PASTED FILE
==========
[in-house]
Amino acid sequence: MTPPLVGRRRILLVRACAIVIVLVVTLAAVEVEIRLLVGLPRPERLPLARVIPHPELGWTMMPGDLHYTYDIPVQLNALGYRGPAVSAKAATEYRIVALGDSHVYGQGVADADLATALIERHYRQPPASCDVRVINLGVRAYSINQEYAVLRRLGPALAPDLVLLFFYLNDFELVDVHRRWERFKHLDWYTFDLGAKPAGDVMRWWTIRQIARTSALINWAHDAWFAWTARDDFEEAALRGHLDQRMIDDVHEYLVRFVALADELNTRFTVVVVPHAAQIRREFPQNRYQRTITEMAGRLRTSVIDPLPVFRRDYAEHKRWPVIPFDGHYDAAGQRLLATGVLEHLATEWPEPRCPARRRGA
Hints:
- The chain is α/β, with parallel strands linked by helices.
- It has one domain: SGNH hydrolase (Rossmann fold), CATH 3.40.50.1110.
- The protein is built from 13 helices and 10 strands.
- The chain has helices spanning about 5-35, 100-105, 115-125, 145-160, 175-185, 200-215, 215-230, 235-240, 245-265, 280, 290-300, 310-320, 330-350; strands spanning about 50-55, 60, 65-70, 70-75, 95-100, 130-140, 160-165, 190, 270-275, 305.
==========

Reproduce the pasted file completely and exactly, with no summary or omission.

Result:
[in-house]
Amino acid sequence: MTPPLVGRRRILLVRACAIVIVLVVTLAAVEVEIRLLVGLPRPERLPLARVIPHPELGWTMMPGDLHYTYDIPVQLNALGYRGPAVSAKAATEYRIVALGDSHVYGQGVADADLATALIERHYRQPPASCDVRVINLGVRAYSINQEYAVLRRLGPALAPDLVLLFFYLNDFELVDVHRRWERFKHLDWYTFDLGAKPAGDVMRWWTIRQIARTSALINWAHDAWFAWTARDDFEEAALRGHLDQRMIDDVHEYLVRFVALADELNTRFTVVVVPHAAQIRREFPQNRYQRTITEMAGRLRTSVIDPLPVFRRDYAEHKRWPVIPFDGHYDAAGQRLLATGVLEHLATEWPEPRCPARRRGA
Hints:
- The chain is α/β, with parallel strands linked by helices.
- It has one domain: SGNH hydrolase (Rossmann fold), CATH 3.40.50.1110.
- The protein is built from 13 helices and 10 strands.
- The chain has helices spanning about 5-35, 100-105, 115-125, 145-160, 175-185, 200-215, 215-230, 235-240, 245-265, 280, 290-300, 310-320, 330-350; strands spanning about 50-55, 60, 65-70, 70-75, 95-100, 130-140, 160-165, 190, 270-275, 305.